IEA Brexit Unit releases briefing on Brexit divorce bill
- The Brexit ‘divorce bill’ is supposed to settle existing obligations, rather than cover the cost of any future agreements. Some therefore argue that it is simply a matter of honouring past debts and the UK should just pay up.
- The problem with this approach is that there is no legal certainty over what it owed.
- Even ignoring the argument that the UK can walk away under the terms of Article 50, the amounts depend on a wide range of assumptions – almost all of which are open to debate.
- This means that the divorce bill is something that needs to be negotiated. It is therefore right to ask what the UK might be getting in return for paying more than it has already offered – and attach conditions.
- The Prime Minister has effectively offered to cover any shortfall until the end of the current EU budget period in 2020. It is likely that the UK will need to pay something extra for the pensions of EU officials too.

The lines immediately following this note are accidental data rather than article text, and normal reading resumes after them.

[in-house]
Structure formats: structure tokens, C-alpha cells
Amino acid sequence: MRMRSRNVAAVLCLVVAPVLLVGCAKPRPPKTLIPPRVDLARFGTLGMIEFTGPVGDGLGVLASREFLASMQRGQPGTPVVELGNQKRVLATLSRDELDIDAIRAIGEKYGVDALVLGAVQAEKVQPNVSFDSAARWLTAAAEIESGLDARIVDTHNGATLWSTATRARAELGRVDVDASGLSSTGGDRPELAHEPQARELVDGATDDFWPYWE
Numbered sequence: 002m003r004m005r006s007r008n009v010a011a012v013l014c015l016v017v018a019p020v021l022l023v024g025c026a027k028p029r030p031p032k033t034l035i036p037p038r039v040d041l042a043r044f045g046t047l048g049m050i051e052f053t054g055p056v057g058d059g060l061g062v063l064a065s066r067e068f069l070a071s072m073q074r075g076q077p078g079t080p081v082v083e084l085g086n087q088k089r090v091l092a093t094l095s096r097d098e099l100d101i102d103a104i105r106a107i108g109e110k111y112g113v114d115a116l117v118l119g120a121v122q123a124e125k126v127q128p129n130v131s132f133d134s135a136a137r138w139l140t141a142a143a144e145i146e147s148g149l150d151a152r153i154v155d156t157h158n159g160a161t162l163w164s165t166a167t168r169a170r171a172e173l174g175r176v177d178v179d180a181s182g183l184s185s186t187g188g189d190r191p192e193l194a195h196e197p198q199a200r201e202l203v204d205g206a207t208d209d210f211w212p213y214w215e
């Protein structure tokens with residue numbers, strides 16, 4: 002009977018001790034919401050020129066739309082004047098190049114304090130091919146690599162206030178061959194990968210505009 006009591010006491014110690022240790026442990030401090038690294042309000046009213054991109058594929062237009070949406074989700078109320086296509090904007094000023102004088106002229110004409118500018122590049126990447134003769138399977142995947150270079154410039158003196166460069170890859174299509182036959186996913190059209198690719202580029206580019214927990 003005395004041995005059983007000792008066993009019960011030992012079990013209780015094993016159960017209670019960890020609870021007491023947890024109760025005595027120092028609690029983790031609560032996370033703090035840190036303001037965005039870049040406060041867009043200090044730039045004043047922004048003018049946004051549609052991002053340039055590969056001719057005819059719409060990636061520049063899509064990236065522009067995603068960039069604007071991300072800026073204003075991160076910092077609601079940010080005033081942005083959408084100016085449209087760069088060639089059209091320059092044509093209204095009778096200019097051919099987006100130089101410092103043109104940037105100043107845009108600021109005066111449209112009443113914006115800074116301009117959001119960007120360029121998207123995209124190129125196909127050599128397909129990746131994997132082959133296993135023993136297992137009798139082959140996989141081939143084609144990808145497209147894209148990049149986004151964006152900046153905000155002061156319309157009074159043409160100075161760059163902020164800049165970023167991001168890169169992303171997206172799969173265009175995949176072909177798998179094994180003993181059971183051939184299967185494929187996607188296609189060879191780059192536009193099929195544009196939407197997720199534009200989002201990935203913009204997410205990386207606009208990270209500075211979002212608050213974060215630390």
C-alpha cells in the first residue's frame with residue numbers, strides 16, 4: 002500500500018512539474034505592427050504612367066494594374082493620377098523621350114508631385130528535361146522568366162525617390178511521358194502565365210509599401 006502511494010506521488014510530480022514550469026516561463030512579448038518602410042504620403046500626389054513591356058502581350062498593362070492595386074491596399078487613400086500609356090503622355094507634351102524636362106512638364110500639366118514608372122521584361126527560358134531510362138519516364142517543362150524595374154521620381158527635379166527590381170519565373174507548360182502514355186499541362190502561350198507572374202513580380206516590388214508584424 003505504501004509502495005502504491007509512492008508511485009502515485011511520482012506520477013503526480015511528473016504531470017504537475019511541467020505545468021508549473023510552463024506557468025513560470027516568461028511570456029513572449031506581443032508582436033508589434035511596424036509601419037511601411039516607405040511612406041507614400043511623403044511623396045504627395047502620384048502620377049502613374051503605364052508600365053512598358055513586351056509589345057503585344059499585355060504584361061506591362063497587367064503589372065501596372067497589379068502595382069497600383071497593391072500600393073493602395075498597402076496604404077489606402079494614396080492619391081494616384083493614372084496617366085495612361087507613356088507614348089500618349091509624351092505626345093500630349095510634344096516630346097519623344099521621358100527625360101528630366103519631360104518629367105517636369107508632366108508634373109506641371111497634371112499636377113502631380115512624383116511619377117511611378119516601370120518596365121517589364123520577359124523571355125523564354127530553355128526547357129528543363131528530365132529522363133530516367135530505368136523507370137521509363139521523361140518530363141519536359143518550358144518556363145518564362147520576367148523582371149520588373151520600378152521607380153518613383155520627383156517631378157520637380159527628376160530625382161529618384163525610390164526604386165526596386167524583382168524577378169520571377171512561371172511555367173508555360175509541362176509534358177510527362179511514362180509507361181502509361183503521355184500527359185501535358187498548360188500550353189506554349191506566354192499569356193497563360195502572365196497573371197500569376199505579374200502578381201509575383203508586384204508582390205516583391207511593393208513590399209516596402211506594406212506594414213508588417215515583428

- But the EU is also demanding large contributions to spending that could take place long after 2020 (and might not happen at all). Instead, the EU should be cutting back to reflect the departure of its second biggest net contributor.
- That said, a sizeable payment could still be good value for money if it secures a better deal on the future relationship. And it should soon be offset by the accumulated savings on the UK’s annual payments to the EU budget. Viewed this way, even a figure north of £40bn could be a fair price to pay.
This paper featured in City AM